The periodical press in Wales was slow in developing. In 1735 the first Welsh periodical, Tlysau yr hen oesoedd [Gems of past ages], appeared from the press of Lewis Morris in Holyhead, Anglesey.
The editor of Tlysau yr hen oesoedd realised that Welsh culture was weakening as the gentry became anglicised and abandoned the bardic tradition. The Tlysau therefore was an attempt to provide entertaining literature, and to arouse the interest of the Welsh people in their language. But the venture failed, and as far as is known only 1 issue appeared.
The next attempt to establish a Welsh periodical was not until 1770, with the appearance of Trysorfa gwybodaeth, neu eurgrawn Cymraeg [The Treasury of knowledge, or Welsh magazine]. 15 fortnightly issues were published, under the editorship of Josiah Rees, a Unitarian minister in the Swansea Valley. Their contents reflect the editor's interests in Welsh history and literature. It is also relevant to note that one of his sons, Owen Rees, became a friend of Walter Scott and Robert Southey, and was a partner in the Longman publishing company.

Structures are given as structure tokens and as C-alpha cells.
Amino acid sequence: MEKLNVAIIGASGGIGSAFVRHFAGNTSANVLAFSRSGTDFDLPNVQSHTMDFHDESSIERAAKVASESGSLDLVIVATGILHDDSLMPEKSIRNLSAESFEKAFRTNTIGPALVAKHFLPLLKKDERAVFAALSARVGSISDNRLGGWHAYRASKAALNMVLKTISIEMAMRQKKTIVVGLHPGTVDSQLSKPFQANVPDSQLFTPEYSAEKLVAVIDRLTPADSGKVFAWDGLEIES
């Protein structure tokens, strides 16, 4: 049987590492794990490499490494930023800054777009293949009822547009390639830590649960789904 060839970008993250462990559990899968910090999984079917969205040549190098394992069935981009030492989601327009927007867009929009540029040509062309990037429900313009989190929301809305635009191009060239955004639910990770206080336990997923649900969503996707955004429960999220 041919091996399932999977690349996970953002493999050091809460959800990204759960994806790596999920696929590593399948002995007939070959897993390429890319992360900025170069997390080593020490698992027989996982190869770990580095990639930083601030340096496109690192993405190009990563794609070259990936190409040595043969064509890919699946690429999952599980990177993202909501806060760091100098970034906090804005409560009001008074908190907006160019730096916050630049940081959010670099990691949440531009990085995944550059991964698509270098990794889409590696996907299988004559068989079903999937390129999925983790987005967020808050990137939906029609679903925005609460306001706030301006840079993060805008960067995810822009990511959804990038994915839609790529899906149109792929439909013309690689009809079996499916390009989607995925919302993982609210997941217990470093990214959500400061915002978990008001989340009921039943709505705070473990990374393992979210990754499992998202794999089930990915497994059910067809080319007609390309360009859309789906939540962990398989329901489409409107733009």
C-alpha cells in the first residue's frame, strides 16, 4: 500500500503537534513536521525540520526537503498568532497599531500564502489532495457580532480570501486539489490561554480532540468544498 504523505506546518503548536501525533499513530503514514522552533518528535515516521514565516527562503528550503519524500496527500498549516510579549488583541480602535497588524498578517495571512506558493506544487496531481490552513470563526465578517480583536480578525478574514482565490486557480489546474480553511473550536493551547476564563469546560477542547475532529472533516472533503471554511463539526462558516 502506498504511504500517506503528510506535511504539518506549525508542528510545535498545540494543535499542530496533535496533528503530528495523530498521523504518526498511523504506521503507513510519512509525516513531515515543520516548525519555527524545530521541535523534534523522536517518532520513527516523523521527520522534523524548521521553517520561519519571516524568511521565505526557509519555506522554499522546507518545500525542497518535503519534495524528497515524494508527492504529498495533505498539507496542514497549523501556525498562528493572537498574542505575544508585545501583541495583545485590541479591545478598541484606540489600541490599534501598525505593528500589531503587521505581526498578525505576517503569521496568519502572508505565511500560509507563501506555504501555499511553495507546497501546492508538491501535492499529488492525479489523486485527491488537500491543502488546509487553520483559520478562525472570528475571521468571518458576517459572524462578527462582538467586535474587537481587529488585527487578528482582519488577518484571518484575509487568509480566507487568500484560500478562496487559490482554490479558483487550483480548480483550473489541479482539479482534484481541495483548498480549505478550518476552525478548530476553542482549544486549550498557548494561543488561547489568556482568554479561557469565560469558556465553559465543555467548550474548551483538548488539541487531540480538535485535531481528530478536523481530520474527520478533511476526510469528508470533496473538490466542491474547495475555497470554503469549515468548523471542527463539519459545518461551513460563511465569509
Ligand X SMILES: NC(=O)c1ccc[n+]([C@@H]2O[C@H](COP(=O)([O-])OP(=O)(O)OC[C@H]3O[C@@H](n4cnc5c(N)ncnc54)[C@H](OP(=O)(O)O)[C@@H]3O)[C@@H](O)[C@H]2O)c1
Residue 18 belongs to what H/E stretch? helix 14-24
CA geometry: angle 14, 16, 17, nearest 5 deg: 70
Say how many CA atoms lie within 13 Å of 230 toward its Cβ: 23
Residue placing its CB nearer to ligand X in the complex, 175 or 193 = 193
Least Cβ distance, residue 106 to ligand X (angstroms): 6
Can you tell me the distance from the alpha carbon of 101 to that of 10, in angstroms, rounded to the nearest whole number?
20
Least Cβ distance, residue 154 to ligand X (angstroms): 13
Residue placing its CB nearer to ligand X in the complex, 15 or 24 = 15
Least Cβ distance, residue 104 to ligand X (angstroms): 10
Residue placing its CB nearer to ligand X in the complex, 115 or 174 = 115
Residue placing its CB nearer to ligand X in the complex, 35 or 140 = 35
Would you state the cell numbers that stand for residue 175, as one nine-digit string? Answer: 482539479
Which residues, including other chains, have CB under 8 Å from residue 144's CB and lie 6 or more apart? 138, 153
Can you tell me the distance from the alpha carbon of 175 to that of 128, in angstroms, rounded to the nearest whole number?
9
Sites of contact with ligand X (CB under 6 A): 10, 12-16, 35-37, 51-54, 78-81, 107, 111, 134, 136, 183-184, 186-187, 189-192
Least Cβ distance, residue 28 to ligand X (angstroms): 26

During the last decade of the 18th century 3 periodicals were published, which were notable for their controversial content. The burning issues of the day would feature prominently on their pages. In 1793 Y Cylchgrawn Cynmraeg [The Welsh magazine] appeared, edited by Morgan John Rhys, a Baptist minister. This was the first Welsh language periodical to deal with political matters such as:
The magazine was printed at Trefeca, Machynlleth and Carmarthen. This constant movement was probably due to the printers' fear of persecution because of the political ideas expressed in the publication. Finally the editor emigrated to America where he established a short-lived newspaper entitled The Western sky in Philadelphia in 1798.
Both The Miscellaneous repository, neu y drosorfa gymmysgedig (1795), and Y Geirgrawn [The magazine] (1796) were of the same nature. The former magazine was edited by Thomas Evans ('Tomos Glyn Cothi'), a Unitarian minister, and the latter by David Davies of Holywell. The principles of the French Revolution permeate both publications, but they were short-lived, chiefly because their editors feared harassment by the authorities.